Friday, January 21, 2005

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A little humor to help you
crash into the weekend

via Suburban Guerrilla:
Remember when George Bush was told about the first plane flying into the World Trade Center, and he said, "That's some bad pilot"?

What's not as well known is, when the second plane hit the other tower, Bush said, "Jesus, it's not the same guy again, is it?" (Rim shot...)
Thanks Susie. Have a good one.

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Freedom is only for Good Christians --

It was never intended to cover liberals

In my youth, when I'd read a letter like this, I'd go out and buy another box of bullets. I figured that it wouldn't be long before they'd come for me, and, well ... you can figure out the rest of the scenario.

I don't do that anymore, but the thought did cross my mind this morning.

Via Atrios, here's a excerpt from a letter to the editor:
Surely those others would appreciate the opportunity to be saved. As God's chosen people, we Christians have the right to express our religion and praise tolerant, patient and merciful God, and I don't want to read any more letters from Liberals suggesting non-believers should be allowed to express their superstitions just because we Christians can express ours.

The Founding Fathers were God-fearing men and never intended the first Amendment to promote other superstitious beliefs.

Ridgecrest used to be filled with right-minded, polite and decent people.

I can't believe the vicious slander of some people who have the nerve to portray or suggest Jesus behaved as a Liberal.
There is often a blurry line between faith and insanity. I think our friend here just pole vaulted right over it without looking back. I understand that there are plenty of good mental health facilities in California. Unfortunately, the writer is not likely to walk in and sign up for treatment.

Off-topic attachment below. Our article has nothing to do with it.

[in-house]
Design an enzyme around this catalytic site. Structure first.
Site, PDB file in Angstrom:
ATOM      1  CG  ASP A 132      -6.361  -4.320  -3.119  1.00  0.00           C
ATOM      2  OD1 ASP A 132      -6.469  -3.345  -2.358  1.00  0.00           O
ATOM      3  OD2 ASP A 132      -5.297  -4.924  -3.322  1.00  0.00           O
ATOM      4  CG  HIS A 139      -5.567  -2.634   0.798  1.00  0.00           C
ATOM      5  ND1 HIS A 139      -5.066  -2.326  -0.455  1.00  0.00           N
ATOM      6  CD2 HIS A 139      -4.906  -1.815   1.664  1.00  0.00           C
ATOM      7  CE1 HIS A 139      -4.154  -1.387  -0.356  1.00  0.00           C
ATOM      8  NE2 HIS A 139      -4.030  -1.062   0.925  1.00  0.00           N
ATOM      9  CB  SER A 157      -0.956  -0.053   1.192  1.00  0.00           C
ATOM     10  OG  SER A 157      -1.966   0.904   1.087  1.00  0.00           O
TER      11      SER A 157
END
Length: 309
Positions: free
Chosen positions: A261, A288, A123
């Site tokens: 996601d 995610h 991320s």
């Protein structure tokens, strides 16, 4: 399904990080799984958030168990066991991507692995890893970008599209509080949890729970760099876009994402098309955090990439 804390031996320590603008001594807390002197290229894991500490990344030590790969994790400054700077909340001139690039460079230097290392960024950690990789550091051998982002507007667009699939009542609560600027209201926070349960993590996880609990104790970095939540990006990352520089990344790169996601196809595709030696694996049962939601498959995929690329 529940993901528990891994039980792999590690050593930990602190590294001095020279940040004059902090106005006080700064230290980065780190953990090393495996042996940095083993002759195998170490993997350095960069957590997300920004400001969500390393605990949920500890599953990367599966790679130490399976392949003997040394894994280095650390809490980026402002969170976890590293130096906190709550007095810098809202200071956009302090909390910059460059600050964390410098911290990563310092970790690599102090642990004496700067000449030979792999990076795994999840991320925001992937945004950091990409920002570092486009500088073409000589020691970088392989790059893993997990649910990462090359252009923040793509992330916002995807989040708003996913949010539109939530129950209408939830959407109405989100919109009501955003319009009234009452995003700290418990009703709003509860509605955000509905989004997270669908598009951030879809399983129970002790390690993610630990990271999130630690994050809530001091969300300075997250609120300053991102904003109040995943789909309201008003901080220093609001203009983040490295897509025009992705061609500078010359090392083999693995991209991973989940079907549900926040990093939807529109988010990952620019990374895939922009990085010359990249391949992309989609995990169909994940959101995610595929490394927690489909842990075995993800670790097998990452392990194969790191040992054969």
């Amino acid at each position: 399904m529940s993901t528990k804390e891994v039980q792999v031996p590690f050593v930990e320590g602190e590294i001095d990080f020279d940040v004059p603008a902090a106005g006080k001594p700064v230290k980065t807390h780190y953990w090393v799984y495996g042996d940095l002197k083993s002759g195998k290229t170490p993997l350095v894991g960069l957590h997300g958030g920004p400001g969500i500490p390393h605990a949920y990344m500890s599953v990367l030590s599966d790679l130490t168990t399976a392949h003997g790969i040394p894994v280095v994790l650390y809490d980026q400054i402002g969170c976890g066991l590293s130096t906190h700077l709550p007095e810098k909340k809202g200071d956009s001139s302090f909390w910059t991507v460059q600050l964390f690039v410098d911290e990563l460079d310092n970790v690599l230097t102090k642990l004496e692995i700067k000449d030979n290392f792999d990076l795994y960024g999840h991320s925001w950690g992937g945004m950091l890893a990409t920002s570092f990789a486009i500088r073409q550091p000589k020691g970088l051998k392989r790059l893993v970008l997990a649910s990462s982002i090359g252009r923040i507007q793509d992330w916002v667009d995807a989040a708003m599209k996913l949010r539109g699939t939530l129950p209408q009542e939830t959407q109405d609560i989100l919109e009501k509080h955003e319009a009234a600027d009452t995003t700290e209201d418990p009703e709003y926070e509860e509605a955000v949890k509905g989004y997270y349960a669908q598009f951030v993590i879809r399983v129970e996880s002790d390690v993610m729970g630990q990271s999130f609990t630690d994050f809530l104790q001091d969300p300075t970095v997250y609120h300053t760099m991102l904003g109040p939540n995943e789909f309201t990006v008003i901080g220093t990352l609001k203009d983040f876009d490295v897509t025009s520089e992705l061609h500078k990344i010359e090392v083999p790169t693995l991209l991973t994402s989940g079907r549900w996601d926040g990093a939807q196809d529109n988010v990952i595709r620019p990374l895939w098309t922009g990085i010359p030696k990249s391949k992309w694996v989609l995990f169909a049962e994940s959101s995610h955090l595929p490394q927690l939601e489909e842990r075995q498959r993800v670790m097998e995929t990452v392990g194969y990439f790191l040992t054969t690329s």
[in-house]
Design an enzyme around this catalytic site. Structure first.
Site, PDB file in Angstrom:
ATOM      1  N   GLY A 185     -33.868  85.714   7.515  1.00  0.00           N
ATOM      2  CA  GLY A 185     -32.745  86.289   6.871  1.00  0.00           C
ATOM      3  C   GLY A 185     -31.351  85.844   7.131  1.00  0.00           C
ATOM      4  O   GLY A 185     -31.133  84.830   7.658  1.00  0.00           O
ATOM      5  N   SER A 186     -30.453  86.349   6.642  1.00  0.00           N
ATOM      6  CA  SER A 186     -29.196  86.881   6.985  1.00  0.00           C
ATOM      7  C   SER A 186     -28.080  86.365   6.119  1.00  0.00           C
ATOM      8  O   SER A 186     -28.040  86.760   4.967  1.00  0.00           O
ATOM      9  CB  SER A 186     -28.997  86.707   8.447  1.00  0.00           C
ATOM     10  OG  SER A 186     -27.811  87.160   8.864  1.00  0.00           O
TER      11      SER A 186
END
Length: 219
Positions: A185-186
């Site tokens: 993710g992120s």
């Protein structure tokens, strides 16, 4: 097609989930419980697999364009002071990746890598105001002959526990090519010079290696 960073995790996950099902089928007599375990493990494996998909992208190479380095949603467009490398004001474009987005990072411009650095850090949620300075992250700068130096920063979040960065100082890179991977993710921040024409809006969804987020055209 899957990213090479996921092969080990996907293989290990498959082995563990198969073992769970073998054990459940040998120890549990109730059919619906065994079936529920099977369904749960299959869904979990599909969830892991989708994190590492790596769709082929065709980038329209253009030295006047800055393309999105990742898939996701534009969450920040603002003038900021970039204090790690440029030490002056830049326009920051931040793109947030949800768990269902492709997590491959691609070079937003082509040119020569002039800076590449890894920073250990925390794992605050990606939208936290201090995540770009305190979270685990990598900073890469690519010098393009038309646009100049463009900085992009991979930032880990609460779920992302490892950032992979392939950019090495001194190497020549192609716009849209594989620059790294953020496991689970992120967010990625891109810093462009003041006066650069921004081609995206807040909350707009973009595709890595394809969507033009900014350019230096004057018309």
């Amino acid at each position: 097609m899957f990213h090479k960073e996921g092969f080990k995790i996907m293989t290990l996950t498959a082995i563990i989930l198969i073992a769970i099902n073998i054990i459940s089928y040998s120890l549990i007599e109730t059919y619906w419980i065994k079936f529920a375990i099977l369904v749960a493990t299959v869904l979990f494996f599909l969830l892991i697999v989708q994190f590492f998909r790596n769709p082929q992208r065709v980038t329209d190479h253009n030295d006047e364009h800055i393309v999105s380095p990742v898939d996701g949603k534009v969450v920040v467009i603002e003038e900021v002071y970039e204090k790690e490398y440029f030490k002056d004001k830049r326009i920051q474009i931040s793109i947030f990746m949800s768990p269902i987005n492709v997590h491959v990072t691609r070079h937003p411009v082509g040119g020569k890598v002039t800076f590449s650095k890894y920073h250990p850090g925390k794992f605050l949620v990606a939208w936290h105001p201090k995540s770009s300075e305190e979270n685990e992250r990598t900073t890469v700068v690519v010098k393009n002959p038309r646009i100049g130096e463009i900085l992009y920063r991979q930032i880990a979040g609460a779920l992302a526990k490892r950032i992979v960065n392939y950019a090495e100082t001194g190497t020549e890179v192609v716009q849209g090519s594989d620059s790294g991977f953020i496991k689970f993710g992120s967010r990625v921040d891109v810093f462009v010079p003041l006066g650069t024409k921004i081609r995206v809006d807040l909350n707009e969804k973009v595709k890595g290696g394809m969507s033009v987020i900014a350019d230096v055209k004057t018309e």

Thursday, January 20, 2005

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Four Years After:
Bush by the Numbers

The stars might lie, but the numbers never do. Complements of Numeralist:
January 20, 2005

By the Numbers: The U.S. After 4 Years of Bush

Poverty Rate
2000: 11.3% or 31.6 million Americans
2003: 12.5% or 35.9 million Americans

Stock market
Dow Jones Industrial Average
1/19/01: 10,587.59
1/19/05: 10,539.97

1/19/01: 2,770.38
1/19/05: 2,073.59

S&P 500
1/19/01: 1,342.54
1/19/05: 1,184.63

Value of the Dollar
1/19/01: 1 Dollar = 1.06 Euros
1/19/05: 1 Dollar = 0.77 Euros

2000 budget surplus $236.4 billion
2004 budget deficit $412.6 billion
That's a shift of $649 billion and doesn't include the cost of the Iraq war.

Cost of the war in Iraq
$150.8 billion

American Casualties in Iraq
Deaths: 1,369
Wounded: 10,252

The Debt
End of 2000: $5.7 trillion
Today: $7.6 trillion
That's a 4 year increase of 33%.
Well, shit then, let's throw a $40,000,000 party and celebrate!

Thanks to Kos for the link.

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We didn't have the right skills,
the right capacity . . .

During the Senate confirmation hearing (courtesy of Kos):
Secretary of State-designate Condoleezza Rice said on Wednesday the Bush administration made some bad decisions in Iraq and was unprepared for stabilizing the country in a rare acknowledgment of mistakes.

[. . .]

"We have made a lot of decisions in this period of time. Some of them have been good, some of them have not been good, some of them have been bad decisions, I am sure," Rice told the U.S. Senate Foreign Relations Committee.

"We didn't have the right skills, the right capacity, to deal with a reconstruction effort of this kind," she said on the second day of hearings on her confirmation, which is expected to be easily approved by the Republican-led Senate.
In her own misleading way, Condi got that right.

At the risk of repeating myself, let me quote from Post-war Planning for Iraq: a Victory of Arrogance, a Failure of Imagination which I posted here back on March 7, 2004.
My personal interest in this begins about 10 years ago. Saddam had moved some divisions down near the border with Kuwait, sort of pulling America's chain to see if, with Clinton as President, we would be willing to mobilize all over again for another Gulf War. The U.S. did initiate a response. In addition, the Secretary of Defense directed CENTCOM to begin a revision of the U.S. war plans for the region.

When we went to war with Iraq in 1991, the plan under which the U.S. operated was geared toward the defense of the Saudi peninsula. The National Command Authority (the President and the Secretary of Defense) wanted the plan revised to include taking the ground war into Iraq and eliminating "the leadership of the Baath Party."